Creative minds: the links between mental illness and creativity
All too often, creativity goes hand in hand with mental illness. Now we’re starting to understand why. Roger Dobson reports
At first glance, Einstein, Salvador Dali, Tony Hancock, and Beach Boy Brian Wilson would seem to have little in common. Their areas of physics, modern art, comedy, and rock music, are light years apart. So what, if anything, could possibly link minds that gave the world the theory of relativity, great surreal art, iconic comedy, and songs about surfing?
According to new research, psychosis could be the answer. Creative minds in all kinds of areas, from science to poetry, and mathematics to humour, may have traits associated with psychosis. Such traits may allow the unusual and sometimes bizarre thought processes associated with mental illness to fuel creativity. The theory is based on the idea that there is no clear dividing line between the healthy and the mentally ill. Rather, there is a continuum, with some people having psychotic traits without having the debilitating symptoms.
Mental illnesses have been around for thousands of years. Evolutionary theory suggests that in order for them to be still here, there must be some kind of survival advantage to them. If they were wholly bad, it’s argued, natural selection would have seen them off long ago. In some cases the advantage is clear. Anxiety, for example, can be a mental illness with severe symptoms and consequences, but it is also a trait that at a non-clinical level has survival advantages. In healthy proportions, it keeps us alert and on our toes when threats are sensed.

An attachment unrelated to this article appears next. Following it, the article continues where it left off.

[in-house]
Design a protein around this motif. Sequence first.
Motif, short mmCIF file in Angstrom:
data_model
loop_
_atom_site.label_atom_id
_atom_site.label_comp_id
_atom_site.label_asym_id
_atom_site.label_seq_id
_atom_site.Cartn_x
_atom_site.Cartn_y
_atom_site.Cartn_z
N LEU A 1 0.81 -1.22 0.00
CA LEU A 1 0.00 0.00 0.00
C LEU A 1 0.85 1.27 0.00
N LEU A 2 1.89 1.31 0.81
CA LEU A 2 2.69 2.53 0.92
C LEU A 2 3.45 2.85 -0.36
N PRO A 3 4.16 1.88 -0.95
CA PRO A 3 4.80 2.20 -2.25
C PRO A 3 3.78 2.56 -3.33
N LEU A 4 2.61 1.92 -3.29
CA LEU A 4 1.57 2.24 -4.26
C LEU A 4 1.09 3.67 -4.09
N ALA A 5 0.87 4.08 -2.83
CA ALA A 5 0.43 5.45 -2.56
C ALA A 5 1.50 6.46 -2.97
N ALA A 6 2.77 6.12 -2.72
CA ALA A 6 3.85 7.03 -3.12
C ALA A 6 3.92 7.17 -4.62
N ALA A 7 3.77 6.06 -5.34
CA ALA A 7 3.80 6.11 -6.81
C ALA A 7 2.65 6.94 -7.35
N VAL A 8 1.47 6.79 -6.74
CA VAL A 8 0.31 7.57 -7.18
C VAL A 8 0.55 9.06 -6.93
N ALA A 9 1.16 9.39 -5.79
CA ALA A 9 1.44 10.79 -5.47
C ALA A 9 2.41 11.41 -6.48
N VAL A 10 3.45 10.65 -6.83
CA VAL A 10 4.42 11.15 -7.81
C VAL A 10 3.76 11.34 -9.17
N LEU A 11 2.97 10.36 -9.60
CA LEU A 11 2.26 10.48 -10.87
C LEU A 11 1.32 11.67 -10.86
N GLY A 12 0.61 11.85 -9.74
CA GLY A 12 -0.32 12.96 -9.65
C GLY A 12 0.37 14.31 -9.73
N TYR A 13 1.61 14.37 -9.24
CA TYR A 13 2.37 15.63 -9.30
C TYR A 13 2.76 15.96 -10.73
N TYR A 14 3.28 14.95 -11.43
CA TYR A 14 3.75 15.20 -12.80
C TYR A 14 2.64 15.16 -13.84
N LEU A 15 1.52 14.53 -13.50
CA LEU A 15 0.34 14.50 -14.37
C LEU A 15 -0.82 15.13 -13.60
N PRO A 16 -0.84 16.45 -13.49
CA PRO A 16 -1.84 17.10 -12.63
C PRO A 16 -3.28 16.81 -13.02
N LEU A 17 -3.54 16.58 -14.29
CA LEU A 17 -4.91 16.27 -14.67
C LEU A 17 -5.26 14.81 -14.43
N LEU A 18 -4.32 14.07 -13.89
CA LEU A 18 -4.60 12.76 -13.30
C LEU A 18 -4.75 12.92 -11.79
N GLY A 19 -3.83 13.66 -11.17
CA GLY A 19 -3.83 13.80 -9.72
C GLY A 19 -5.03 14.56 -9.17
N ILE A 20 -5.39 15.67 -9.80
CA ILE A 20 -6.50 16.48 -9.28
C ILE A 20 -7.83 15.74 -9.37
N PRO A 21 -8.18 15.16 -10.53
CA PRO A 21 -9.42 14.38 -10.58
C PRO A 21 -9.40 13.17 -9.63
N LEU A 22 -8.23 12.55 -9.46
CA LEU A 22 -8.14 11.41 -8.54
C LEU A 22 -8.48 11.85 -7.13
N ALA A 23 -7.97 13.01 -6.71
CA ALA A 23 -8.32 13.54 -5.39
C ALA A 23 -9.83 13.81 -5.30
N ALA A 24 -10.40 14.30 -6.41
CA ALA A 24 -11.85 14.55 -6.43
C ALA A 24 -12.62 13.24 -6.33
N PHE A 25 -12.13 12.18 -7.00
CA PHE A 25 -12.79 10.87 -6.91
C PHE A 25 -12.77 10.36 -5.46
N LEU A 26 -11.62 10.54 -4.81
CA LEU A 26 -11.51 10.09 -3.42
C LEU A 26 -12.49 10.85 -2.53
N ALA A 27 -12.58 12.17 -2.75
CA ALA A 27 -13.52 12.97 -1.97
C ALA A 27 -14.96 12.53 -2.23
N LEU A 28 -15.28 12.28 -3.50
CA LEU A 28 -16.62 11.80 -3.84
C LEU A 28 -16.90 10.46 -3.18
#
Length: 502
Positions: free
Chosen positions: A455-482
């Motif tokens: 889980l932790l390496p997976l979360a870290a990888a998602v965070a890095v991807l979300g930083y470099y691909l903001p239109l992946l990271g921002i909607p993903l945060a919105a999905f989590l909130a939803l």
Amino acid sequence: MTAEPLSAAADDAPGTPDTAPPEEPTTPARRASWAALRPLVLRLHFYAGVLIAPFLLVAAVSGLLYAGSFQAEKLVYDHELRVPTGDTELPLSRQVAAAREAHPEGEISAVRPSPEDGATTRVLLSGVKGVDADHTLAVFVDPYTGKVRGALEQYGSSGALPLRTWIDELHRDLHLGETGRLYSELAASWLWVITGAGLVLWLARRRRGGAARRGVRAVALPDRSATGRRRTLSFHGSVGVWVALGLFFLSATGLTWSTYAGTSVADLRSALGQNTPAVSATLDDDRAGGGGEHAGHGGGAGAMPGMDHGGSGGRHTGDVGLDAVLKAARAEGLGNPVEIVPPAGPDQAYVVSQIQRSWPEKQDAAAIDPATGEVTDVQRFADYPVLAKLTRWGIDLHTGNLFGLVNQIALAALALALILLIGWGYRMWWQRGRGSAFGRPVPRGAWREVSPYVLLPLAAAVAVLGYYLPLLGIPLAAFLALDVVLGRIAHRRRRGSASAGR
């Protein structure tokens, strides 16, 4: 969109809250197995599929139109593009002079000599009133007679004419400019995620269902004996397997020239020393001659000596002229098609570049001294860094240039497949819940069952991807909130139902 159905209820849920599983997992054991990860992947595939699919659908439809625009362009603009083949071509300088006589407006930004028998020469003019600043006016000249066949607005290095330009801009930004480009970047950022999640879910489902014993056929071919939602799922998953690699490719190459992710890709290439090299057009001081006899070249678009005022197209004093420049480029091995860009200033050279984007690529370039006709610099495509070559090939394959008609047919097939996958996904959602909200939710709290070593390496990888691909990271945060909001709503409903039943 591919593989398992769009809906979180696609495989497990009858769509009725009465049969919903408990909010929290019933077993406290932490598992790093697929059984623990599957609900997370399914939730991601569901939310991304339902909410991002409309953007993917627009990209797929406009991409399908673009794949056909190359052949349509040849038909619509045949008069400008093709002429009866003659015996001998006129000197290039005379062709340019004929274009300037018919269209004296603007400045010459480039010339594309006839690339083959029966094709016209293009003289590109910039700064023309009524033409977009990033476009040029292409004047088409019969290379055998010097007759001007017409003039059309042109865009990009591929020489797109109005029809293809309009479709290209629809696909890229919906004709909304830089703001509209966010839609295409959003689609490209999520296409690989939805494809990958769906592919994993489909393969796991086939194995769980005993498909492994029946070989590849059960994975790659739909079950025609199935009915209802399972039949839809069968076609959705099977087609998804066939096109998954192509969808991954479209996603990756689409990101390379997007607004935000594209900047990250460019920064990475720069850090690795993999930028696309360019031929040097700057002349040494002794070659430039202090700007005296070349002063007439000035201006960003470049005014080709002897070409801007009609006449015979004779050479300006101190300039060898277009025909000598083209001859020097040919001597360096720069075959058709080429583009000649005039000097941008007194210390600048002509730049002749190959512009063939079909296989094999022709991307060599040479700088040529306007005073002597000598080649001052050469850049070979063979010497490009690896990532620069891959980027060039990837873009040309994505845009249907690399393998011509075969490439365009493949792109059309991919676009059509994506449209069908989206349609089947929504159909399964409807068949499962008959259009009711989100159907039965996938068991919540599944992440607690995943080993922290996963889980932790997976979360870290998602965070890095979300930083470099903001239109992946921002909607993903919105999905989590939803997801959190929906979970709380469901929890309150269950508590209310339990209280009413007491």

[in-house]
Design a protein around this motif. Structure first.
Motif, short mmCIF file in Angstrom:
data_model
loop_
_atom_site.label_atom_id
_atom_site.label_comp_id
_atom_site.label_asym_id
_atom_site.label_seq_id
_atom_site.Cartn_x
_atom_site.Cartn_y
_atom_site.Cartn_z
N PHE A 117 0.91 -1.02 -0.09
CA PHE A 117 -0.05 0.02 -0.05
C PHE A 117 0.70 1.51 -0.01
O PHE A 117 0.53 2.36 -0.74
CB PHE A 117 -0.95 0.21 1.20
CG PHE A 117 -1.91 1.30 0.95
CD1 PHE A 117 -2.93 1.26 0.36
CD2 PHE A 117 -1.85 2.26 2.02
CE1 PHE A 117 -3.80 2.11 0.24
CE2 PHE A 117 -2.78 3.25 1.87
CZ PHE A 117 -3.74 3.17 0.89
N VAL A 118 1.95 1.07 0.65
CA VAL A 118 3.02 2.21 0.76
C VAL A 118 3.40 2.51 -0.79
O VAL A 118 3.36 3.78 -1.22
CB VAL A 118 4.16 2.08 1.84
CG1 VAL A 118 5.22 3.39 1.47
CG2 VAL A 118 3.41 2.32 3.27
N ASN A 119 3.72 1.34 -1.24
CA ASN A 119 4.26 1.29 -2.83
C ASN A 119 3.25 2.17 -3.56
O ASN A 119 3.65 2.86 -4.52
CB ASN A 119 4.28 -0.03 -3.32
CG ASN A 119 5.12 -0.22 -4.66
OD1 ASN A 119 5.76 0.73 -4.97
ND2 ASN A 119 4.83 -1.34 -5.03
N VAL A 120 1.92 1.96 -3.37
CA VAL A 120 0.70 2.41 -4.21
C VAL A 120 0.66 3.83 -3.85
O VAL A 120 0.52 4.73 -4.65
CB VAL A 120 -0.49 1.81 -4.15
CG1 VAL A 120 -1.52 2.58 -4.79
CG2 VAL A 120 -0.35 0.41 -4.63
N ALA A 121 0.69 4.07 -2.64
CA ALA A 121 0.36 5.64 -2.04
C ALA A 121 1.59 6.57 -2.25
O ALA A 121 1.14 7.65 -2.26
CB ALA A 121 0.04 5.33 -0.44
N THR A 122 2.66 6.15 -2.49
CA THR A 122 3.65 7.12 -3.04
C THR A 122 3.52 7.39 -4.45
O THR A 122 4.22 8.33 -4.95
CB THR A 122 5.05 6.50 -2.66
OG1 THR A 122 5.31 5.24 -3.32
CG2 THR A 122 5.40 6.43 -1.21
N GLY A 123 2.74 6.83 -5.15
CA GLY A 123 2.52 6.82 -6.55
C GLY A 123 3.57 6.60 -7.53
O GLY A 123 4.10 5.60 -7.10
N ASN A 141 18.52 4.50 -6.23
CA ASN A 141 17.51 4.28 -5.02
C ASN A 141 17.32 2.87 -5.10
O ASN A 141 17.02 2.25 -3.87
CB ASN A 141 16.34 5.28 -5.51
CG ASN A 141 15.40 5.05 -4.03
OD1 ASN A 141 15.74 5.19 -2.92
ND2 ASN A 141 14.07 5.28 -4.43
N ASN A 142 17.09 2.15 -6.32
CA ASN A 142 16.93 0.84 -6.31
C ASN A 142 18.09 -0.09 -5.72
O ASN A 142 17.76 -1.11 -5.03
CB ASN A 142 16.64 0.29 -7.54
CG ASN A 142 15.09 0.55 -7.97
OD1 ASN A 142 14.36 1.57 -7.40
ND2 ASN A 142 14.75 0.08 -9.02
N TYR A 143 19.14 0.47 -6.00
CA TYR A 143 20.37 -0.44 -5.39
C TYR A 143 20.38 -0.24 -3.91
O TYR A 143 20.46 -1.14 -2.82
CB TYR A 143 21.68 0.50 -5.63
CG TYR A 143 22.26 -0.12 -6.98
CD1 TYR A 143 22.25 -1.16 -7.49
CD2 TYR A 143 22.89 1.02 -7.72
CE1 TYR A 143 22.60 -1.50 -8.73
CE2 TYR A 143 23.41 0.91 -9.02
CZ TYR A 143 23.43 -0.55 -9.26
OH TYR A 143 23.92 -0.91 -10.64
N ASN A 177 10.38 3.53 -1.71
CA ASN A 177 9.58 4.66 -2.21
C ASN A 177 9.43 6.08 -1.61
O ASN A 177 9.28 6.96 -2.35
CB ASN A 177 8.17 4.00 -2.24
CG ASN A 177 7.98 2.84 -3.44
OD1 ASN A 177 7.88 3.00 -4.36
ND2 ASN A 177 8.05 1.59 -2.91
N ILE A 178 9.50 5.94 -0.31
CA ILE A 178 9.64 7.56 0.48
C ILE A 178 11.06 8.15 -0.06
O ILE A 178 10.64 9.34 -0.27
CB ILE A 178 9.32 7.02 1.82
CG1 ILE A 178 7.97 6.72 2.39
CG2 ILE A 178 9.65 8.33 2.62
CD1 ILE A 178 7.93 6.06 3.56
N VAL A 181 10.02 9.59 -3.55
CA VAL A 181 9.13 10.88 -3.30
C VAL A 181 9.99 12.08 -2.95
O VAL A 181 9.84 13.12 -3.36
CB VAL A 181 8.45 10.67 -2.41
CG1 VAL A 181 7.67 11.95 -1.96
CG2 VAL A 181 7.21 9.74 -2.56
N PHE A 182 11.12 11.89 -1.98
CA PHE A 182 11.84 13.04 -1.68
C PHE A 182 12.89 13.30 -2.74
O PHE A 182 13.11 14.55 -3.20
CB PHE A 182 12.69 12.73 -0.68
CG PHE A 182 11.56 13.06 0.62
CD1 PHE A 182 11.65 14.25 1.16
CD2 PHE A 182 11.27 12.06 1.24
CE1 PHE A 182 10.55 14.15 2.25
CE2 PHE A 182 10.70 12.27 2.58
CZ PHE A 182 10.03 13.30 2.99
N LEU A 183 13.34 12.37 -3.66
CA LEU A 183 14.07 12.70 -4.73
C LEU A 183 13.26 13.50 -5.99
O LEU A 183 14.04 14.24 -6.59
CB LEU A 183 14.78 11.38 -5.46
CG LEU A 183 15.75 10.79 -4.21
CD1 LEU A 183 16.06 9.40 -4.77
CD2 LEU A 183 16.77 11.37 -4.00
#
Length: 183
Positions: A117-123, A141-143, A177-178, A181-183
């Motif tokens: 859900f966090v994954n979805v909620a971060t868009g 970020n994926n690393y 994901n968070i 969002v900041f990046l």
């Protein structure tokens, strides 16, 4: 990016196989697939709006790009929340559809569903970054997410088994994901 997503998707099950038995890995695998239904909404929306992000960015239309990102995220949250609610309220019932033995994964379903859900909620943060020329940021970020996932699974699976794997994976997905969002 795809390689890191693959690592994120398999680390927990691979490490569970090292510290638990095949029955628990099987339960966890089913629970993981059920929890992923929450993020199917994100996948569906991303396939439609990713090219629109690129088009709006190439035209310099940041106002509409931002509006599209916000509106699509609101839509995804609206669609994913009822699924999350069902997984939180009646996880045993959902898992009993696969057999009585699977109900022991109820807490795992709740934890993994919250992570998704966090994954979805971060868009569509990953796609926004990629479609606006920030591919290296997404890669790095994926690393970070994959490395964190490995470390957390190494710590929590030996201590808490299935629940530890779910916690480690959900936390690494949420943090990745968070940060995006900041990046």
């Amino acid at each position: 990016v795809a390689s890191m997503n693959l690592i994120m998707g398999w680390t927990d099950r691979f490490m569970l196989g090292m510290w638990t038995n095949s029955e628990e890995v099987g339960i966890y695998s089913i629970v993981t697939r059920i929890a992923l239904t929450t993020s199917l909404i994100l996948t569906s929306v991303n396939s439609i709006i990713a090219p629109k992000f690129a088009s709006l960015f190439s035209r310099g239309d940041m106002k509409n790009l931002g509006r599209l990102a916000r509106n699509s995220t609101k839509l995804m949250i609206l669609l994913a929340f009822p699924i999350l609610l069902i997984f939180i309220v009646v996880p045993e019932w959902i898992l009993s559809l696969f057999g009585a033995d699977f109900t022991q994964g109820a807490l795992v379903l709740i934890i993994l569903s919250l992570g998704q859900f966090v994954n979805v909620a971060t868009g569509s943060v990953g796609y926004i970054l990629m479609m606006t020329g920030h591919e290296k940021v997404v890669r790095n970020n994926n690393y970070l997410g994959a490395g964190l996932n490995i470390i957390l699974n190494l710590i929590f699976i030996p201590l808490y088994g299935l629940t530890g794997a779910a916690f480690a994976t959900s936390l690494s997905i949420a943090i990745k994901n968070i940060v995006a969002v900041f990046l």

It’s now increasingly being argued that there are survival advantages to others forms of illness, too, because of the links between the traits associated with them and creativity. "It can be difficult for people to reconcile mental illness with the idea that traits may not be disabling. While people accept that there are health benefits to anxiety, they are more wary of schizophrenia and manic depression," says Professor Gordon Claridge, emeritus professor of abnormal psychology at Oxford University, who has edited a special edition of the journal Personality and Individual Differences, looking at the links between mental illness and creativity. "There is now a feeling that these traits have survived because they have some adaptive value. To be mildly manic depressive or mildly schizophrenic brings a flexibility of thought, an openness, and risk-taking behaviour, which does have some adaptive value in creativity. The price paid for having those traits is that some will have mental illness."
Research is providing support for the idea that creative people are more likely to have traits associated with mental illness. One study found that the incidence of mood disorders, suicide and institutionalisation to be 20 times higher among major British and Irish poets in the 200 years up to 1800. Other studies have shown that psychiatric patients perform better in tests of abstract thinking. Another study, based on 291 eminent and creative men in different fields, found that 69 per cent had a mental disorder of some kind. Scientists were the least affected, while artists and writers had increased diagnoses of psychosis.
"Most theorists agree that it is not the full-blown illness itself, but the milder forms of psychosis that are at the root of the association between creativity and madness," says Emilie Glazer, experimental psychologist and author of one of the Oxford journal papers. "The underlying traits linked with mild psychopathology enhance creative ability. In severe form, they are debilitating."
Research is also showing that traits associated with different mental illnesses have different effects on creativity. The creativity needed to develop the theory of relativity, is, for example, very different from that required for producing surreal paintings, or poetry.